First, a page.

I just read another subway book, one that I started on the subway to work and finished over my morning bagel at my desk—it was a very short book. It also wins my prize this year for “Most Misleading Cover Copy.” The book is No Score by Lawrence Block, the first in the Chip Harrison series. Now, Block is a well-known mystery writer; I’ve been reading his Bernie Rhodenbarr mysteries all summer and enjoying them greatly. (The made-up Sue Grafton titles are a hoot.) Block does first-person smartass narration really well, and after having exhausted the Bernie books, I decided to try some of his other stuff. (Light stuff. Apparently some of his other books are very dark.)
The Chip Harrison books looked pretty promising, at least according to that back cover copy I mentioned. To quote: “IT IS A MYSTERY why a big man with a big gun turns Chip’s dream of desire into a nightmare of danger . . . IT IS A MYSTERY that Chip has to solve fast and furiously in a sizzling and suspenseful adventure . . .”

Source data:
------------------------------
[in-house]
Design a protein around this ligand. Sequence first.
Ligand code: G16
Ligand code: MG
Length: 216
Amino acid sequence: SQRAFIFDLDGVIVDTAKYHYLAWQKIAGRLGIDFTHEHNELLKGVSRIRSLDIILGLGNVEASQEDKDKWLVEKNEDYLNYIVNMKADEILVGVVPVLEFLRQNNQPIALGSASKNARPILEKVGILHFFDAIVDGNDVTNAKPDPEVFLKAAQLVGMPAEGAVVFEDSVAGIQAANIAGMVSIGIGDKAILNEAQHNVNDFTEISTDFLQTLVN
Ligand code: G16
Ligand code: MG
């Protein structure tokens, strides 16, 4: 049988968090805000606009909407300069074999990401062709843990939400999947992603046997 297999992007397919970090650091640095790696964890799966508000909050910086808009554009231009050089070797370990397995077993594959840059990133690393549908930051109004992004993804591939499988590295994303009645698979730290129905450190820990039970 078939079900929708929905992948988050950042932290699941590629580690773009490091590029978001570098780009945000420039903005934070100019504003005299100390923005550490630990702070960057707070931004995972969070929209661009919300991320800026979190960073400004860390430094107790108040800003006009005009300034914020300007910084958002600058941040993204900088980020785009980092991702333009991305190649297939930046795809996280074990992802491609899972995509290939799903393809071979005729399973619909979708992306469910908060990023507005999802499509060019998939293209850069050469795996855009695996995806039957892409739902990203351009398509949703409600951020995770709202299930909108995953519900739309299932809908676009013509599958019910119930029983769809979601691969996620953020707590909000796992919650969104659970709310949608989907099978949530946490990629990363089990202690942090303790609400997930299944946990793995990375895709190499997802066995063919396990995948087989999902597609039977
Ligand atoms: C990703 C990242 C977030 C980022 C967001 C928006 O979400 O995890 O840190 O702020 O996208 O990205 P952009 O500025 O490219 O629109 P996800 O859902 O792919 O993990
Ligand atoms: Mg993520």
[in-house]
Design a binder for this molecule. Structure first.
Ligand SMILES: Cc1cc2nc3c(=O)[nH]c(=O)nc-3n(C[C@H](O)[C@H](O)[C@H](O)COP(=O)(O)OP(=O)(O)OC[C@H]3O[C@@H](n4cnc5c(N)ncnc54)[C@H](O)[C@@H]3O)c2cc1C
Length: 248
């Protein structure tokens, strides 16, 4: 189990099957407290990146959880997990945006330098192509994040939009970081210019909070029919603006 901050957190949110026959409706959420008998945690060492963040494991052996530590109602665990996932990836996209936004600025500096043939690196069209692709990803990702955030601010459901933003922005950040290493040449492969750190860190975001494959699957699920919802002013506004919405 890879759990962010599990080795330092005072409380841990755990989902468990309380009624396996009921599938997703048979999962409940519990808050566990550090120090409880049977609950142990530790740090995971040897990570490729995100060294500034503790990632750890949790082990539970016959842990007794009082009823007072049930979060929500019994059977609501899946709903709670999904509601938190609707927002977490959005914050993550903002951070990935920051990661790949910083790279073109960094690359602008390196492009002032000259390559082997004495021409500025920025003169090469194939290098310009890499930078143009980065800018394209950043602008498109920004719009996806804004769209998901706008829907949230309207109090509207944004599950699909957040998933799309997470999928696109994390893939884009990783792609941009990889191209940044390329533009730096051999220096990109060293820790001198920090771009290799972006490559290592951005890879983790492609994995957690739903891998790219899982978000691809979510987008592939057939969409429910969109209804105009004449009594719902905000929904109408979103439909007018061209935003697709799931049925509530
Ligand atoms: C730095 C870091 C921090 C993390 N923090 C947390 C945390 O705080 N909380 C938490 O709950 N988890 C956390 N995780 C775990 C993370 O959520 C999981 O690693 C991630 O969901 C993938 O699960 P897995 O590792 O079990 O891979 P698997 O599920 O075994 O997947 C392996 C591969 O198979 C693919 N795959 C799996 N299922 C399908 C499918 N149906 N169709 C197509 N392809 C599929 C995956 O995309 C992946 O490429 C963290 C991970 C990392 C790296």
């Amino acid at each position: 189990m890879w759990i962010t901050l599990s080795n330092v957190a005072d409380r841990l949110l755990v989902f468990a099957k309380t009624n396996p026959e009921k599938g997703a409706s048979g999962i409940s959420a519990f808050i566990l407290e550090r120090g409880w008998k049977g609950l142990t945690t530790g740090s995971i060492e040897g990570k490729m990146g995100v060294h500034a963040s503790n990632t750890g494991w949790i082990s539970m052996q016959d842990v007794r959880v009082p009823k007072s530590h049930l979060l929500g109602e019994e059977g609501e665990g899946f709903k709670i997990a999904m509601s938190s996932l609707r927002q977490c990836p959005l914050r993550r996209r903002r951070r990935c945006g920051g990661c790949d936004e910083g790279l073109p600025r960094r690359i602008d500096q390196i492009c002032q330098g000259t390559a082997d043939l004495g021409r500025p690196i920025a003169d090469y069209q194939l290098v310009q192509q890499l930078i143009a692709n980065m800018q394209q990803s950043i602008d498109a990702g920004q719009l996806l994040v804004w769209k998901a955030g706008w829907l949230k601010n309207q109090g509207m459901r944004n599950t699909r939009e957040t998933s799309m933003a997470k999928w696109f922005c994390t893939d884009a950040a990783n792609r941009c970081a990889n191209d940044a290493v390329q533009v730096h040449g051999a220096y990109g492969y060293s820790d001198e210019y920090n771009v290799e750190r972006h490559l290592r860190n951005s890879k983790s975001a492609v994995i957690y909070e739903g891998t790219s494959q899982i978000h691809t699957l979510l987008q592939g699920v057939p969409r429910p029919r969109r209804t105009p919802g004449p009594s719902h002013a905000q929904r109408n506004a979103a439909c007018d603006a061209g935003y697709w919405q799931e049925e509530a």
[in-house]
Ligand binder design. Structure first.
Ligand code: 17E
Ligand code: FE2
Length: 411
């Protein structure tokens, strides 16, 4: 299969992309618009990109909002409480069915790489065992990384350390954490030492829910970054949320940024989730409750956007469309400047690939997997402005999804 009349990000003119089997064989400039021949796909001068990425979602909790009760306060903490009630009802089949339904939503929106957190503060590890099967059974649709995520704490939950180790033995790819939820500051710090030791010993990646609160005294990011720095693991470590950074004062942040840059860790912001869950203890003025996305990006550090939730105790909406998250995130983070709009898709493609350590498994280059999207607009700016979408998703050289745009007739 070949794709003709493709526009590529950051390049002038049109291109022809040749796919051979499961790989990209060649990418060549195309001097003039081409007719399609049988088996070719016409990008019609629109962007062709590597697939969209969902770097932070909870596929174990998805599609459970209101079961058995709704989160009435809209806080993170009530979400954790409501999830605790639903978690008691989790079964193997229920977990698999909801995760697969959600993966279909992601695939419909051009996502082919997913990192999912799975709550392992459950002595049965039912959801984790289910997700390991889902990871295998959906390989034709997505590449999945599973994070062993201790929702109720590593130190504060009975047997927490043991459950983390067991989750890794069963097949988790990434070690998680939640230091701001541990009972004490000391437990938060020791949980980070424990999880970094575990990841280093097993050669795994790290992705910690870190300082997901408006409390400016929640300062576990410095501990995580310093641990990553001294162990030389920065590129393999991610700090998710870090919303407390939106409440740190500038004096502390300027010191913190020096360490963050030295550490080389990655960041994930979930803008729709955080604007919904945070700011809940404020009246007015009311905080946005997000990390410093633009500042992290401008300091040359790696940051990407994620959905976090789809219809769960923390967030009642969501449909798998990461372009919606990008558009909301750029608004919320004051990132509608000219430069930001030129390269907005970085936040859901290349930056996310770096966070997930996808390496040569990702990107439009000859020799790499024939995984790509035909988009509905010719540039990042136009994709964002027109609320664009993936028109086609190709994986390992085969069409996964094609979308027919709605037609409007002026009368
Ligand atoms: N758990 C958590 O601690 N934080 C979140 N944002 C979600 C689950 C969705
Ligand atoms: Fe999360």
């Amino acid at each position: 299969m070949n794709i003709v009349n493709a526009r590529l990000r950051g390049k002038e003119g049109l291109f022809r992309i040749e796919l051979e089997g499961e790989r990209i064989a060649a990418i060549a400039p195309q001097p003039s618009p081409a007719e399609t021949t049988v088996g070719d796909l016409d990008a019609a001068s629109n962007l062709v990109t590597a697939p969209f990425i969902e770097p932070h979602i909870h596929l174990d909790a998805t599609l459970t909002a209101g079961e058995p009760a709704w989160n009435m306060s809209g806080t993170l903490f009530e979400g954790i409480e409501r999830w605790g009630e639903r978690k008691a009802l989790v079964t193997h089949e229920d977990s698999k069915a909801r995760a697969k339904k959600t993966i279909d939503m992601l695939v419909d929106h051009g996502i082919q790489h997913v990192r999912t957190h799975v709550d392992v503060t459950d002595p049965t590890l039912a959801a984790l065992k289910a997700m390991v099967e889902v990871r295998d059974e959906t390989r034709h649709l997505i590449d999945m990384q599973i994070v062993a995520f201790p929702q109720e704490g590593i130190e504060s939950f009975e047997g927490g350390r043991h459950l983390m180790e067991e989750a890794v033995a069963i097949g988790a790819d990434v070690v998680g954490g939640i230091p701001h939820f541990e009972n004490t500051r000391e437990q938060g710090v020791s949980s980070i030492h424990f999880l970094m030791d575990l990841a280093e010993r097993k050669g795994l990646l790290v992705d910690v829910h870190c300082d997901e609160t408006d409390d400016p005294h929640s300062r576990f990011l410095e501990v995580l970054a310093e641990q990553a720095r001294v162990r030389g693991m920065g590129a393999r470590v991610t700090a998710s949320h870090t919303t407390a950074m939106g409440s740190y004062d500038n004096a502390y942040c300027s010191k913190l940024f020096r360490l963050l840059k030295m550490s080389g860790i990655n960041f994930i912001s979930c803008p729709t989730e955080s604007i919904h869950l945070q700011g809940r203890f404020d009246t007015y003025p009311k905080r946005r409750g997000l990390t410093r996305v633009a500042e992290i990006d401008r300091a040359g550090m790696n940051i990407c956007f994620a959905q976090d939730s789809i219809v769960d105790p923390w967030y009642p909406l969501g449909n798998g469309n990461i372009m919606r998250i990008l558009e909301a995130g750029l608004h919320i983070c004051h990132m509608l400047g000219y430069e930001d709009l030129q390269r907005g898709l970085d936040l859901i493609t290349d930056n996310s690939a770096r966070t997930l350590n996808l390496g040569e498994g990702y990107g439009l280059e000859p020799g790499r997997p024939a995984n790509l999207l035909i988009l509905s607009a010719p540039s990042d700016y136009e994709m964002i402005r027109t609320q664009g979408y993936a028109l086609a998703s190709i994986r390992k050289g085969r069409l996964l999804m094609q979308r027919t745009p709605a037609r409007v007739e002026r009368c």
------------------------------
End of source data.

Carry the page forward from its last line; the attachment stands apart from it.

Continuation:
Well, no, it’s not. Chip’s an inch away from getting laid in Chapter One (which is not what I was expecting, as Bernie always draws a discreet curtain over his own affairs, but then, this isn’t Bernie), the guy with the gun bursts in, and then we get most of a book’s worth of backstory on how he got there. And when we get back to the guy with the gun—there’s absolutely no mystery about it.
To be fair, I’ve just gone to Block’s website and he admits that the first two Chip Harrison books “are not mysteries at all (although you couldn’t tell that from the packaging of the Signet paperbacks). They’re erotic coming-of-age novels.” (I’d link right to the page, but it’s annoyingly framed, so I can’t. The original version of this post had a link that skipped the Flash intro, but there’s some odd things going on with the URLs, so rather than have you get a 404 . . . ) The third apparently turns into a mystery novel.
No Score is a very fast, light read. Just don’t expect a mystery out of it.